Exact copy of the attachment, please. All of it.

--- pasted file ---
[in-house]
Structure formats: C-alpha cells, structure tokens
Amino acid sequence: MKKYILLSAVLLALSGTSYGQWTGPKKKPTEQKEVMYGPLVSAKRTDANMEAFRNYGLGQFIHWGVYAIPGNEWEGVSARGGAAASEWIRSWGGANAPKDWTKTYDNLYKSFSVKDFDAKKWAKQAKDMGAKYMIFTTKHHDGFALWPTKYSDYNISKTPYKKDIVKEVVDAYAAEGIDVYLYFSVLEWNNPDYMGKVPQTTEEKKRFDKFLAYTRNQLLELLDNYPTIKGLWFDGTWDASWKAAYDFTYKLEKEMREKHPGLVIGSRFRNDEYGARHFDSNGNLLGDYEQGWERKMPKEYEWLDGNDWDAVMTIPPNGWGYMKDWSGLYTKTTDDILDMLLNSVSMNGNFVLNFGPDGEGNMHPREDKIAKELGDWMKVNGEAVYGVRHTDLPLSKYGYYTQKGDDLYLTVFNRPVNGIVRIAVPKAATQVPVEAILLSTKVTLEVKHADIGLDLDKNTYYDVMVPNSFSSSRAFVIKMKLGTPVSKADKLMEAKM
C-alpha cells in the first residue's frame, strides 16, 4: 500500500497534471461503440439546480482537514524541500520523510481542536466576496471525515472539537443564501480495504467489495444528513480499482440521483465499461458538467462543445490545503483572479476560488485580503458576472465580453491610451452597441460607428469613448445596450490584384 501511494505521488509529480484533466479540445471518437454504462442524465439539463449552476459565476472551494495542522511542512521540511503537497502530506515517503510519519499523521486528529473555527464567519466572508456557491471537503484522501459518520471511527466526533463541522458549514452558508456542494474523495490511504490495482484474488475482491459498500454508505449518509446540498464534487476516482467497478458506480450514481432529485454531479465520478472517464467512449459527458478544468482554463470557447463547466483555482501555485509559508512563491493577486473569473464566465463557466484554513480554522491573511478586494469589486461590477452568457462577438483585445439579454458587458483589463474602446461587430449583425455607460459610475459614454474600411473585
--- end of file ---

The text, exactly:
[in-house]
Structure formats: C-alpha cells, structure tokens
Amino acid sequence: MKKYILLSAVLLALSGTSYGQWTGPKKKPTEQKEVMYGPLVSAKRTDANMEAFRNYGLGQFIHWGVYAIPGNEWEGVSARGGAAASEWIRSWGGANAPKDWTKTYDNLYKSFSVKDFDAKKWAKQAKDMGAKYMIFTTKHHDGFALWPTKYSDYNISKTPYKKDIVKEVVDAYAAEGIDVYLYFSVLEWNNPDYMGKVPQTTEEKKRFDKFLAYTRNQLLELLDNYPTIKGLWFDGTWDASWKAAYDFTYKLEKEMREKHPGLVIGSRFRNDEYGARHFDSNGNLLGDYEQGWERKMPKEYEWLDGNDWDAVMTIPPNGWGYMKDWSGLYTKTTDDILDMLLNSVSMNGNFVLNFGPDGEGNMHPREDKIAKELGDWMKVNGEAVYGVRHTDLPLSKYGYYTQKGDDLYLTVFNRPVNGIVRIAVPKAATQVPVEAILLSTKVTLEVKHADIGLDLDKNTYYDVMVPNSFSSSRAFVIKMKLGTPVSKADKLMEAKM
C-alpha cells in the first residue's frame, strides 16, 4: 500500500497534471461503440439546480482537514524541500520523510481542536466576496471525515472539537443564501480495504467489495444528513480499482440521483465499461458538467462543445490545503483572479476560488485580503458576472465580453491610451452597441460607428469613448445596450490584384 501511494505521488509529480484533466479540445471518437454504462442524465439539463449552476459565476472551494495542522511542512521540511503537497502530506515517503510519519499523521486528529473555527464567519466572508456557491471537503484522501459518520471511527466526533463541522458549514452558508456542494474523495490511504490495482484474488475482491459498500454508505449518509446540498464534487476516482467497478458506480450514481432529485454531479465520478472517464467512449459527458478544468482554463470557447463547466483555482501555485509559508512563491493577486473569473464566465463557466484554513480554522491573511478586494469589486461590477452568457462577438483585445439579454458587458483589463474602446461587430449583425455607460459610475459614454474600411473585